BECOME A PRIMATE PRO... SORT OF

 INSPIRED BY traditional FLASHCARDS, THE facts found in these DIGITAL “flashcards” 

will have you SOUNDing LIKE A REAL PRIMATE PRO in no time!

be sure to scroll down on this page for general primate facts to round out your knowledge.

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Scroll down for more!

Great Things to know to be a primate pro

WHY DO SPECIES HAVE BOTH COMMON AND SCIENTIFIC NAMES?

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Common names are not officially defined. They are based on everyday conversational language and may differ by country, region, profession, community, or other factors. As a result, it is not unusual for a species to have multiple common names.

Scientific names, on the other hand, are standardized and constant. They are Latinized and rule-bound by a formal naming system called binominal nomenclature. Scientific names prevent misidentification. They typically only change if a species is officially redesignated.

WHAT'S THE DIFFERENCE BETWEEN MONKEYS, APES, AND PROSIMIANS?

The biological order “Primates” is divided into these classifications:

  • Great Apes: bonobos, chimpanzees, gorillas, humans, and orangutans
  • Small Apes: gibbons 
  • Monkeys: baboons, capuchins, colobus, drills, geladas, guenons, howlers, kipunjis, langurs, macaques, mandrills, mangabeys, marmosets, night monkeys, patas monkeys, proboscis monkeys, sakis, snub-nosed monkeys, spider monkeys, squirrel monkeys, tamarins, titis, uakaris, and woolly monkeys
  • Prosimians: the oldest, most “primitive” order of primates, includes galagos (bushbabies), lemurs, lorises, pottos, and tarsiers 
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WHAT ARE NEW WORLD vs. OLD WORLD MONKEYS?

New World monkeys are native to Central and South America.

Old World monkeys are native to Africa and Asia.

WHAT ARE THE CONSERVATION STATUSES AND WHAT DO THEY MEAN?

Conservation Statuses are “codes” that tell us about the health of species and their habitats based upon the many threats that they face. They are glimpses into the stability of the Earth’s rich biodiversity.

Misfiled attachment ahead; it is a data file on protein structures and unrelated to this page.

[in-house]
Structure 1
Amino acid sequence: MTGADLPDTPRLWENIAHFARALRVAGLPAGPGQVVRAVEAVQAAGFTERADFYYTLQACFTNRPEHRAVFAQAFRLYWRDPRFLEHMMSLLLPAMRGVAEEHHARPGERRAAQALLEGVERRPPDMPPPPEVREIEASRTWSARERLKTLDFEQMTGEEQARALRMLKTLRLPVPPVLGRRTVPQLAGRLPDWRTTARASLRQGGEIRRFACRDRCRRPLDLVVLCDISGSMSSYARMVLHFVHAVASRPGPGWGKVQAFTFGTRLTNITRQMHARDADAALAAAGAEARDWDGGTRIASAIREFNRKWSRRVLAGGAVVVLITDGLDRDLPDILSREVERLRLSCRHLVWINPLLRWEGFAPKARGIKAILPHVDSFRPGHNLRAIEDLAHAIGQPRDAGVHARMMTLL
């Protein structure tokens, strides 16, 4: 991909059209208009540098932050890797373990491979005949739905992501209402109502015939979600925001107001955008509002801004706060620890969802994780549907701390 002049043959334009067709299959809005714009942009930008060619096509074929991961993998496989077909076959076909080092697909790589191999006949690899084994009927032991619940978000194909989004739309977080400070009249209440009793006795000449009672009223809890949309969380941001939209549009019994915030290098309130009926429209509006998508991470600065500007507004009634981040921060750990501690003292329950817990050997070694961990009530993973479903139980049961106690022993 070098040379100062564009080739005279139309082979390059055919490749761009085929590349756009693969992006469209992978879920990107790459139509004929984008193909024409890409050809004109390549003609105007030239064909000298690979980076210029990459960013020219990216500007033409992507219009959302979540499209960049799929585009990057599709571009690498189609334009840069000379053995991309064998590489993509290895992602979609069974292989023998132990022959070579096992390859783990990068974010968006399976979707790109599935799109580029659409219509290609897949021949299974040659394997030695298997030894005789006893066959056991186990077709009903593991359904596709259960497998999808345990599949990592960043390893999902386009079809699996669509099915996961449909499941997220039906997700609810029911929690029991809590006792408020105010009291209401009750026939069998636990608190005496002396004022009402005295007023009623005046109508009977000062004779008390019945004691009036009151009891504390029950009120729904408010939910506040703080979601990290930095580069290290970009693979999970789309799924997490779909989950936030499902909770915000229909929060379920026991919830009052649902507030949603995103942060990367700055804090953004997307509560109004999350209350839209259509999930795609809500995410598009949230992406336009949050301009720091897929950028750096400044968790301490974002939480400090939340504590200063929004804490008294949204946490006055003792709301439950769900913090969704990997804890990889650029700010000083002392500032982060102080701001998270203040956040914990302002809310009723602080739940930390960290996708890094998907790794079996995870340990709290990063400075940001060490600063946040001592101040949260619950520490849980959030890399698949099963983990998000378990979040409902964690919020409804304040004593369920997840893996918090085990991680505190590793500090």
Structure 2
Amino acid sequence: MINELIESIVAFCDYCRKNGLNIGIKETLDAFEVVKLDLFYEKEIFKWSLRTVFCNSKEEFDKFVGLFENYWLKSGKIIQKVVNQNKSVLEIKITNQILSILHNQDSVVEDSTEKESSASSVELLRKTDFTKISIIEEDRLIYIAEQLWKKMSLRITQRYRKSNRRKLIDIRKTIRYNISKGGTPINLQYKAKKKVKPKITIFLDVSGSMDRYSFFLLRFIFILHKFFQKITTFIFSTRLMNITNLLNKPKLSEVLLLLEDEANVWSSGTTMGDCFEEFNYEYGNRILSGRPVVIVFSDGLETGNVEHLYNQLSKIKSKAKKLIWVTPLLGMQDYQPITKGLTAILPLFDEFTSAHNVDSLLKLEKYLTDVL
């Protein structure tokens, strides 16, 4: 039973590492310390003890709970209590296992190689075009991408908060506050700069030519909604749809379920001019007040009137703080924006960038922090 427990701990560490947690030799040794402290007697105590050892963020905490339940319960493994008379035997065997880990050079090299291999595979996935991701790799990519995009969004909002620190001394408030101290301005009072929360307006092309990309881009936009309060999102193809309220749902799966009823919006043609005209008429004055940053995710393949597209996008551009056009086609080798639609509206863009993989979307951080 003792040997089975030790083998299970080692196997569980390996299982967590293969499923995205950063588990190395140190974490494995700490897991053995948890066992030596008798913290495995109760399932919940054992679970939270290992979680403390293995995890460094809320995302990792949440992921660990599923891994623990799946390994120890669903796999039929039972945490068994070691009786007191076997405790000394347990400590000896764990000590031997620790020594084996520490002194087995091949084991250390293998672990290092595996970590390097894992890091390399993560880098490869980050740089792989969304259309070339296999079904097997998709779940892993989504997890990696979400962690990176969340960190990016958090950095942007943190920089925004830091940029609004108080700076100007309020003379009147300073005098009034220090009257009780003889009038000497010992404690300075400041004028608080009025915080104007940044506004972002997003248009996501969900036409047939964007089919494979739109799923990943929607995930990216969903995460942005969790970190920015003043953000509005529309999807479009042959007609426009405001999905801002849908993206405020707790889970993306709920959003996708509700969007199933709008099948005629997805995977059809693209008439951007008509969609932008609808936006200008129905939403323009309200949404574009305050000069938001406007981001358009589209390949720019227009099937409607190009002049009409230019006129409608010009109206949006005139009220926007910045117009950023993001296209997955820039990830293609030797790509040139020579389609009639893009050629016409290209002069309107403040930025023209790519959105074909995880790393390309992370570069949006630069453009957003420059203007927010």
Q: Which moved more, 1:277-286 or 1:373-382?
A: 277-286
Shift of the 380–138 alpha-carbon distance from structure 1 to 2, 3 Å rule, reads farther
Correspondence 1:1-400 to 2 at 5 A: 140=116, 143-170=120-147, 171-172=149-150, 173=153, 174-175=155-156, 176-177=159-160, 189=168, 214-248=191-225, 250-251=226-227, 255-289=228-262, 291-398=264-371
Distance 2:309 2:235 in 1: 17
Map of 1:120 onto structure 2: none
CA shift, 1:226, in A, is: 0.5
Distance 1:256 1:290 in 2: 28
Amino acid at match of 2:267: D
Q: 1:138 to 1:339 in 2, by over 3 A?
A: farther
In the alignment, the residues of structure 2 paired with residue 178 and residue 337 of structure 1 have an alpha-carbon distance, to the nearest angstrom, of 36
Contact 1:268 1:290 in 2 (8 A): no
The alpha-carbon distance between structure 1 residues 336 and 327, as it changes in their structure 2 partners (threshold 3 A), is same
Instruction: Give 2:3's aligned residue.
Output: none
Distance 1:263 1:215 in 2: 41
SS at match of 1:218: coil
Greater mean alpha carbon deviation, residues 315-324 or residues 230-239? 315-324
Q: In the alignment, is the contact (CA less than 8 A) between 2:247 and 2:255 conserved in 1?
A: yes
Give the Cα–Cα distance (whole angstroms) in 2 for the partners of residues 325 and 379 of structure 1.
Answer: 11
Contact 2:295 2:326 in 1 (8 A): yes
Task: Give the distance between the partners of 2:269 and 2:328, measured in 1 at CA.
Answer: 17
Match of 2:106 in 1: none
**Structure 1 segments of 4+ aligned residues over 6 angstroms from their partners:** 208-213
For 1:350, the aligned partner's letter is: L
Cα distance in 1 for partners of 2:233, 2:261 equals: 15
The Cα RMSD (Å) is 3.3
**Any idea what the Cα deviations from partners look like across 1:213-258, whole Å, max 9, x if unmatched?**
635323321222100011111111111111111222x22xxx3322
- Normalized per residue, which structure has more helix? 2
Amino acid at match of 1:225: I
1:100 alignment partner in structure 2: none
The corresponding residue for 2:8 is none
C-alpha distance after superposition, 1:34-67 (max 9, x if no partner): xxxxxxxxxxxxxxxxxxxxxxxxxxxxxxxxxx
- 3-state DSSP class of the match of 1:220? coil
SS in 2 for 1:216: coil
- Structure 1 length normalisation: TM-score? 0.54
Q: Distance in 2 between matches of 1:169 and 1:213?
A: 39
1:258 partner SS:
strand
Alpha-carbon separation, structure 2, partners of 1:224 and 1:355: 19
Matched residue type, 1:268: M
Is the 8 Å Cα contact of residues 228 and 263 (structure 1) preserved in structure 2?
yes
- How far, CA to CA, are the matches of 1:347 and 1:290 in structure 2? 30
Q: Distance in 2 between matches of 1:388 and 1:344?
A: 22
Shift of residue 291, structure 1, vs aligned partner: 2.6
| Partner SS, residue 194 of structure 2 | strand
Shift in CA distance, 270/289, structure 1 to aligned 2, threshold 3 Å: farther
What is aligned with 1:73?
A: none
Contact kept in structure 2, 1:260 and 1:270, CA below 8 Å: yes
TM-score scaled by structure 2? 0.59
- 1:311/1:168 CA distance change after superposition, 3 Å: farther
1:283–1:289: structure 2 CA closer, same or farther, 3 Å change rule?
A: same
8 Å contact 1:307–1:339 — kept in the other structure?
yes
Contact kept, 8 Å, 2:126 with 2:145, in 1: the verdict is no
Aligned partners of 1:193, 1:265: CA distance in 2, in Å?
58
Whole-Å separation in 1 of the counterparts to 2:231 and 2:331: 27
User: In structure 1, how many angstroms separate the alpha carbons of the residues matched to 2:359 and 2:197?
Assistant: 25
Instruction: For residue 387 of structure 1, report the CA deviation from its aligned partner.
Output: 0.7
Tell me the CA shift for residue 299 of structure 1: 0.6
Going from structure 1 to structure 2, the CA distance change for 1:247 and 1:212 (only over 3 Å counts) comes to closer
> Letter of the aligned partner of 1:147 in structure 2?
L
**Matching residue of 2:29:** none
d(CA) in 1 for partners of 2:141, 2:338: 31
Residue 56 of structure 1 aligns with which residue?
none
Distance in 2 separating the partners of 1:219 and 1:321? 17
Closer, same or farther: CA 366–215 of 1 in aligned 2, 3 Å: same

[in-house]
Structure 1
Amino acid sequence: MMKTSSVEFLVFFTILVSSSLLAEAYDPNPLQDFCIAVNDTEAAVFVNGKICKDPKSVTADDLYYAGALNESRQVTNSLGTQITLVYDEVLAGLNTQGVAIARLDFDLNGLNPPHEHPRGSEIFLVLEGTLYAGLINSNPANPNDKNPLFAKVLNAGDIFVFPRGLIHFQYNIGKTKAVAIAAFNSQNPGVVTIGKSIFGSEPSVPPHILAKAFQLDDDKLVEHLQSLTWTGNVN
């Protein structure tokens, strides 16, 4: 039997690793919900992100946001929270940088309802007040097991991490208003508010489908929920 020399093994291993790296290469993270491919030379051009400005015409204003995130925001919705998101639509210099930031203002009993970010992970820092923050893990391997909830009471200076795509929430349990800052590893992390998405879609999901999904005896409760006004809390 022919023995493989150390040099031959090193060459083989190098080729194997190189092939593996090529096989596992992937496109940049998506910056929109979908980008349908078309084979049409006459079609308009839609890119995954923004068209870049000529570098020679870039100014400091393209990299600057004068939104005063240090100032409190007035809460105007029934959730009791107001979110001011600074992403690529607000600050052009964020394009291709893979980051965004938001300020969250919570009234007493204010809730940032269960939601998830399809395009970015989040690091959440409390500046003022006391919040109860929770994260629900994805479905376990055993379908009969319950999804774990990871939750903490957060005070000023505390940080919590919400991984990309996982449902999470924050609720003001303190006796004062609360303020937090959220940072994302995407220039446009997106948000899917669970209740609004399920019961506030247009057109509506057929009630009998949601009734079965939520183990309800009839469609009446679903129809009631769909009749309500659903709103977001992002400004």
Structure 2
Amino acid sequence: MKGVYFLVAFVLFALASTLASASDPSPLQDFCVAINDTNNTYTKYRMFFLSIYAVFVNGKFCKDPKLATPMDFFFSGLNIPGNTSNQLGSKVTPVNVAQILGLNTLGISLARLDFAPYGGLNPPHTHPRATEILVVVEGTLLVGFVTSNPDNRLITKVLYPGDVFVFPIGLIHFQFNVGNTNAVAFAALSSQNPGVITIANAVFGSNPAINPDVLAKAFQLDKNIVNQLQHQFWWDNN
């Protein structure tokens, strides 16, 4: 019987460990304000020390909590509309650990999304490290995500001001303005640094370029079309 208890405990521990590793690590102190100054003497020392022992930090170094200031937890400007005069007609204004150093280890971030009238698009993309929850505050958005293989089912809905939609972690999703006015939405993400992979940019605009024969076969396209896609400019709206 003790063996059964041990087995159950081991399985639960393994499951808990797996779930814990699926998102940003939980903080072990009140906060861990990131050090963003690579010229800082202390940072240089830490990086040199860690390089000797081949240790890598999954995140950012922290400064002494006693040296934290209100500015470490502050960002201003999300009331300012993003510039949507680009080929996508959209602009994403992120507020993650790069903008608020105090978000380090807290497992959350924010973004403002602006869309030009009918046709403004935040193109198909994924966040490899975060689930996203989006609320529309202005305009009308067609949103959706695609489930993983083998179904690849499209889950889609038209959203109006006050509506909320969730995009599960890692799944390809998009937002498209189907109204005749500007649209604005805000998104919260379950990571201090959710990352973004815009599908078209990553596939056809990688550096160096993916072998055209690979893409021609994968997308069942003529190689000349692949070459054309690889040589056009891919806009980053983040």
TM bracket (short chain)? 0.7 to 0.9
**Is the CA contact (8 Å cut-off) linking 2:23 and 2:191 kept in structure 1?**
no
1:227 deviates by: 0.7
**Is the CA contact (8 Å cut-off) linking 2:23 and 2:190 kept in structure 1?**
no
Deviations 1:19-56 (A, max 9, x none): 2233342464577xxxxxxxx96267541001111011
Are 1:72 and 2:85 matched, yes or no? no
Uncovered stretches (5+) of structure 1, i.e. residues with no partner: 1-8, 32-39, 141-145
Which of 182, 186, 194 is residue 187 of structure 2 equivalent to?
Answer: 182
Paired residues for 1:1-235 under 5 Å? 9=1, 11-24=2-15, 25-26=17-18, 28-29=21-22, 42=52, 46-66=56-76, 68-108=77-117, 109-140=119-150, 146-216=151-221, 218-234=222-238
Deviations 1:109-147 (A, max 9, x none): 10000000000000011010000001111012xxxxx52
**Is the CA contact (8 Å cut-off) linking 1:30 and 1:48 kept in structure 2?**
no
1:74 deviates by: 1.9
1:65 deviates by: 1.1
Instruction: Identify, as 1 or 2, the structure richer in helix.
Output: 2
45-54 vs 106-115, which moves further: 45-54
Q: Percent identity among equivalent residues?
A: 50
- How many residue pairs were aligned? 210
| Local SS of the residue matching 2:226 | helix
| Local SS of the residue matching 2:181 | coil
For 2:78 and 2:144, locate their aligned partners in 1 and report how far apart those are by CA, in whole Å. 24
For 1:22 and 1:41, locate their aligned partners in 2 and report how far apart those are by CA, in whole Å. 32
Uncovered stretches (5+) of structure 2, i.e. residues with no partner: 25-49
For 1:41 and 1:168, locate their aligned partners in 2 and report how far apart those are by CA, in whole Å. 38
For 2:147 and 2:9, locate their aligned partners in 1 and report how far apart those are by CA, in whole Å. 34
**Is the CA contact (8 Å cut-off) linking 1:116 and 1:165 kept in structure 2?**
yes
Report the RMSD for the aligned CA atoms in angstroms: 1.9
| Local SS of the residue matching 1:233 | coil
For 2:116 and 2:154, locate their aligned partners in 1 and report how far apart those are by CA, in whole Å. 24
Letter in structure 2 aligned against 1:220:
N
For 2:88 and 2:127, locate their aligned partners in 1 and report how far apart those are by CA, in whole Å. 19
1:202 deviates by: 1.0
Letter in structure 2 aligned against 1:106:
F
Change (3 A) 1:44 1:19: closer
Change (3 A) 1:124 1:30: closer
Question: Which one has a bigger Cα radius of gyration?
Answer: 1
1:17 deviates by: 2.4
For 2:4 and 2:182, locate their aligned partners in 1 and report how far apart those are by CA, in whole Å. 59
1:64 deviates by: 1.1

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  • Extinct (EX) – No known individuals remaining.
  • Extinct in the Wild (EW) – Known only to survive in captivity.
  • Critically Endangered (CR) – Extremely high risk of extinction in the wild.
  • Endangered (EN) – High risk of extinction in the wild.
  • Vulnerable (VU) – High risk of endangerment in the wild.
  • Near Threatened (NT) – Likely to become endangered in the near future.
  • Least Concern (LC) – Widespread and abundant.
  • Data Deficient (DD) – Not enough data to assess the species’ risk of extinction.
  • Not Evaluated (NE) – Has not yet been evaluated.
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To learn more about ​Conservation Statuses visit
THE ALPHABET SOUP OF CONSERVATION

WHAT ARE THE LEVELS OF A RAINFOREST ?

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​To learn more about the the levels of the rainforest visit
LIFE IN THE WORLD’S TROPICAL RAINFORESTS

WHERE IN THE WORLD DO NONHUMAN PRIMATES LIVE?

The map below illustrates

THE WORLDWIDE DISTRIBUTION OF NONHUMAN PRIMATES

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 Copyright © New England Primate Conservancy 2019. You may freely use and share these learning activities for educational purposes. 
For questions or comments, e-mail us at [email protected].